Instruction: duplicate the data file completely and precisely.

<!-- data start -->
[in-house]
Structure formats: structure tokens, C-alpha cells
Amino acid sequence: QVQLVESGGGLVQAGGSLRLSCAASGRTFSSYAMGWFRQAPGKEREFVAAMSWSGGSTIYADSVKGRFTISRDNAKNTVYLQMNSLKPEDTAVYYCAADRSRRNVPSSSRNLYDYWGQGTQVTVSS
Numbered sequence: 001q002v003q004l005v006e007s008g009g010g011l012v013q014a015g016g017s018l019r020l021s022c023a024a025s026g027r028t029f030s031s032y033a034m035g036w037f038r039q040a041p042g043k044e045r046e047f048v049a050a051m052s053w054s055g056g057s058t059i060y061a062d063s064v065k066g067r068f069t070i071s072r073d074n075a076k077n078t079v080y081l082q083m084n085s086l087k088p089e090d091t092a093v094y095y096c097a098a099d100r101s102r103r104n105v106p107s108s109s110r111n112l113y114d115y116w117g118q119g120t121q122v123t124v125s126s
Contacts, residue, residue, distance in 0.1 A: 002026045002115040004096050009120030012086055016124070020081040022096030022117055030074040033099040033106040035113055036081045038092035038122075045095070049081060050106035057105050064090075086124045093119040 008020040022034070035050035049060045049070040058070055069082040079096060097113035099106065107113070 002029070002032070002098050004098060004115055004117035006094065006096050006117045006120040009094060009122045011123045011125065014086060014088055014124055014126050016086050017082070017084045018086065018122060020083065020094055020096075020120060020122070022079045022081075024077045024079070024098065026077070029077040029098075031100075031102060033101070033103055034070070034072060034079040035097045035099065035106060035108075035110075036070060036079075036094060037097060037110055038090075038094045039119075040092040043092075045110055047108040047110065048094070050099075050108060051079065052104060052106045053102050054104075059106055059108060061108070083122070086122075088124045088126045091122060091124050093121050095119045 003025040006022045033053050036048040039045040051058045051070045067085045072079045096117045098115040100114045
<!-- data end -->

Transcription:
[in-house]
Structure formats: structure tokens, C-alpha cells
Amino acid sequence: QVQLVESGGGLVQAGGSLRLSCAASGRTFSSYAMGWFRQAPGKEREFVAAMSWSGGSTIYADSVKGRFTISRDNAKNTVYLQMNSLKPEDTAVYYCAADRSRRNVPSSSRNLYDYWGQGTQVTVSS
Numbered sequence: 001q002v003q004l005v006e007s008g009g010g011l012v013q014a015g016g017s018l019r020l021s022c023a024a025s026g027r028t029f030s031s032y033a034m035g036w037f038r039q040a041p042g043k044e045r046e047f048v049a050a051m052s053w054s055g056g057s058t059i060y061a062d063s064v065k066g067r068f069t070i071s072r073d074n075a076k077n078t079v080y081l082q083m084n085s086l087k088p089e090d091t092a093v094y095y096c097a098a099d100r101s102r103r104n105v106p107s108s109s110r111n112l113y114d115y116w117g118q119g120t121q122v123t124v125s126s
Contacts, residue, residue, distance in 0.1 A: 002026045002115040004096050009120030012086055016124070020081040022096030022117055030074040033099040033106040035113055036081045038092035038122075045095070049081060050106035057105050064090075086124045093119040 008020040022034070035050035049060045049070040058070055069082040079096060097113035099106065107113070 002029070002032070002098050004098060004115055004117035006094065006096050006117045006120040009094060009122045011123045011125065014086060014088055014124055014126050016086050017082070017084045018086065018122060020083065020094055020096075020120060020122070022079045022081075024077045024079070024098065026077070029077040029098075031100075031102060033101070033103055034070070034072060034079040035097045035099065035106060035108075035110075036070060036079075036094060037097060037110055038090075038094045039119075040092040043092075045110055047108040047110065048094070050099075050108060051079065052104060052106045053102050054104075059106055059108060061108070083122070086122075088124045088126045091122060091124050093121050095119045 003025040006022045033053050036048040039045040051058045051070045067085045072079045096117045098115040100114045